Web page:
They started with the bedrooms first and moved to the living room later in the week, after the first pour had set. The living room is a couple of feet higher than the bedrooms, so new forms needed to be made before that pour could begin. As with the previous pour of the support beams and foundation, all of the work mixing and pouring is done by hand, a wheelbarrow or 5 gal. bucket at a time. It is a long, hard day for these guys, but they wouldn't have it any other way. After finishing a roof pour at a neighbor's home, one of the workers commented that it was a good workout. I have suggested using a pulley system to get the cenent up to the roof, but they will have nothing to do with it, even though it would make their jobs easier. I wonder if they are afraid it will affect their jobs, maybe not needing as much labor to do the same pour. There are concrete mixing trucks available here in Belize along with a pumper or two, but with the cost factor added in, good old fashioned hard labor wins every time. Plus, it employs many more people.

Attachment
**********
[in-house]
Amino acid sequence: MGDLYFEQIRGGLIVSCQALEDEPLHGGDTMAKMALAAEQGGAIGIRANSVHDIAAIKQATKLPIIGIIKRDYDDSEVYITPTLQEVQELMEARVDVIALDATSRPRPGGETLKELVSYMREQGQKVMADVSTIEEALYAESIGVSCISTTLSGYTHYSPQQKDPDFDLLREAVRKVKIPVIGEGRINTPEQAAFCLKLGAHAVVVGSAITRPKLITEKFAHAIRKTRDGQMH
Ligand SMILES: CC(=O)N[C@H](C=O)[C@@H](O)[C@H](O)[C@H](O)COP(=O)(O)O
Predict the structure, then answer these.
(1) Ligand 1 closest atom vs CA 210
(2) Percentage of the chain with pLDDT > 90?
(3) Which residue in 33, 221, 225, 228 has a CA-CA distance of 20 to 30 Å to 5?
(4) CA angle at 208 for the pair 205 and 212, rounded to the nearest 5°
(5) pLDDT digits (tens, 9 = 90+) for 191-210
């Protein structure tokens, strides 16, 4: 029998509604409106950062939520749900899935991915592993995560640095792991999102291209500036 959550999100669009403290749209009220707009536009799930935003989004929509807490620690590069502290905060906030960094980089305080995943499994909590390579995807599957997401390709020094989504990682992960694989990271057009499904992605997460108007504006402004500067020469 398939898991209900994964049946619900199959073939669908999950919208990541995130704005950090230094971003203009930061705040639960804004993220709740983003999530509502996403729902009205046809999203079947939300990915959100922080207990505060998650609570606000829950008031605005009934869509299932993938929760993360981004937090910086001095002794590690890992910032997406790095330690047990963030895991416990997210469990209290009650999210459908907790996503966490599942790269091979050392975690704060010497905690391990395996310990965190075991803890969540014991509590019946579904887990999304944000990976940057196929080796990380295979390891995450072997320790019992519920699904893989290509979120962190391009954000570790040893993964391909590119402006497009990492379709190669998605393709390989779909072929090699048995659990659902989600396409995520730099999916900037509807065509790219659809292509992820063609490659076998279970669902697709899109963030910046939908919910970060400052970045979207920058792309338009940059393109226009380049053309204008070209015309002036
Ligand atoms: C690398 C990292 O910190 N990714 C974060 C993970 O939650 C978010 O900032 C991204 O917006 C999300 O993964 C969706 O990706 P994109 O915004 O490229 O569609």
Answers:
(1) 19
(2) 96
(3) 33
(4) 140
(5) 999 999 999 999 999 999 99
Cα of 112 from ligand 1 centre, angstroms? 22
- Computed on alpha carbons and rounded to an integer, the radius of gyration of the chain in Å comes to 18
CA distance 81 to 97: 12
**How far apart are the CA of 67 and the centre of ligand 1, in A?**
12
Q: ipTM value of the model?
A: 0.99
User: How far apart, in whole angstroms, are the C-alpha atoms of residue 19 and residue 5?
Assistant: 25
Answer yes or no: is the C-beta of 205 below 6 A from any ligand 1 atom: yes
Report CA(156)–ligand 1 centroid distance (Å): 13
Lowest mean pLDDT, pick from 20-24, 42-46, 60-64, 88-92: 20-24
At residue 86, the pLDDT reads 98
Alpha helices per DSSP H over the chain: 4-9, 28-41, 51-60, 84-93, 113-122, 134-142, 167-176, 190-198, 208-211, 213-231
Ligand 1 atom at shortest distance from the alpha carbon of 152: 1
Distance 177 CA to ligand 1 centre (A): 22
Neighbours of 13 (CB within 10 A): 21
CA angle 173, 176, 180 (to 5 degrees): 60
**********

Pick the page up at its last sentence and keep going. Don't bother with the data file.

As I have stated before, these guys work like ants, going up and down those ladders all day in the hot, humid sun. The 100 LB buckets of cement on their heads, padded only by a hat made from the cement bags, it is an amazing sight to watch. Each guy, of a 15-20 person crew, probably transports two tons of cement up those ladders during the course of a day.
At the end of the day, many of the guys like to take a dip in the ocean to cool off and to wash all the cement dust off their bodies. Once again, these guys have done a great job on our house. I am looking forward to the new pictures showing a completed shell of the entire house. The cistern cover/patio and patio roof/2nd floor patio are the last things that need to be poured and the house will be ready for plastering. We have decided to add coloring to the plaster mix so we won't have to paint every few years. Now we just need to start looking at colors.